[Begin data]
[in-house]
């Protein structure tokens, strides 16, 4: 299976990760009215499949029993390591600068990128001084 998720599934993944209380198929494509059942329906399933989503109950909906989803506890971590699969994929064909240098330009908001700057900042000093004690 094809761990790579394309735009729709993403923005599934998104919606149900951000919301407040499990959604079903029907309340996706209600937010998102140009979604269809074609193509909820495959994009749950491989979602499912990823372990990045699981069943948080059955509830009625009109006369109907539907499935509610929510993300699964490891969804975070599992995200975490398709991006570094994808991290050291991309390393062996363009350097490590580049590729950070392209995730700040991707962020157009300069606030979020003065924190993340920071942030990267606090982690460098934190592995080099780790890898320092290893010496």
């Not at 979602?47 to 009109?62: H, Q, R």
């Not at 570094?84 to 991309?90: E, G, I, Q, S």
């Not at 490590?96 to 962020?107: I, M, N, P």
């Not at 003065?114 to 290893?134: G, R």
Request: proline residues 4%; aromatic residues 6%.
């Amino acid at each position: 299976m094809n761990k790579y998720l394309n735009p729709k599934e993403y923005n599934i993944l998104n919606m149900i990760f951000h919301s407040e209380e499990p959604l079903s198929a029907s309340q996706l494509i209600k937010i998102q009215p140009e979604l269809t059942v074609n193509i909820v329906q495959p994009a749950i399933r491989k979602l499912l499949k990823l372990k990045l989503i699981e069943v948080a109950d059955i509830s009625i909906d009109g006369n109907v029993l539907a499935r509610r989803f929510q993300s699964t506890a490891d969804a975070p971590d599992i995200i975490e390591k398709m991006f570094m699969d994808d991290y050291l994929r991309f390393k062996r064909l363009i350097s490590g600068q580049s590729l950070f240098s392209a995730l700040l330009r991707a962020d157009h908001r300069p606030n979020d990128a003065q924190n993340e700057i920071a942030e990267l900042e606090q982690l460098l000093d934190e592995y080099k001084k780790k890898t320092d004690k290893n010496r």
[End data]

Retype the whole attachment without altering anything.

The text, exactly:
[in-house]
């Protein structure tokens, strides 16, 4: 299976990760009215499949029993390591600068990128001084 998720599934993944209380198929494509059942329906399933989503109950909906989803506890971590699969994929064909240098330009908001700057900042000093004690 094809761990790579394309735009729709993403923005599934998104919606149900951000919301407040499990959604079903029907309340996706209600937010998102140009979604269809074609193509909820495959994009749950491989979602499912990823372990990045699981069943948080059955509830009625009109006369109907539907499935509610929510993300699964490891969804975070599992995200975490398709991006570094994808991290050291991309390393062996363009350097490590580049590729950070392209995730700040991707962020157009300069606030979020003065924190993340920071942030990267606090982690460098934190592995080099780790890898320092290893010496």
């Not at 979602?47 to 009109?62: H, Q, R």
């Not at 570094?84 to 991309?90: E, G, I, Q, S």
């Not at 490590?96 to 962020?107: I, M, N, P």
């Not at 003065?114 to 290893?134: G, R």
Request: proline residues 4%; aromatic residues 6%.
């Amino acid at each position: 299976m094809n761990k790579y998720l394309n735009p729709k599934e993403y923005n599934i993944l998104n919606m149900i990760f951000h919301s407040e209380e499990p959604l079903s198929a029907s309340q996706l494509i209600k937010i998102q009215p140009e979604l269809t059942v074609n193509i909820v329906q495959p994009a749950i399933r491989k979602l499912l499949k990823l372990k990045l989503i699981e069943v948080a109950d059955i509830s009625i909906d009109g006369n109907v029993l539907a499935r509610r989803f929510q993300s699964t506890a490891d969804a975070p971590d599992i995200i975490e390591k398709m991006f570094m699969d994808d991290y050291l994929r991309f390393k062996r064909l363009i350097s490590g600068q580049s590729l950070f240098s392209a995730l700040l330009r991707a962020d157009h908001r300069p606030n979020d990128a003065q924190n993340e700057i920071a942030e990267l900042e606090q982690l460098l000093d934190e592995y080099k001084k780790k890898t320092d004690k290893n010496r």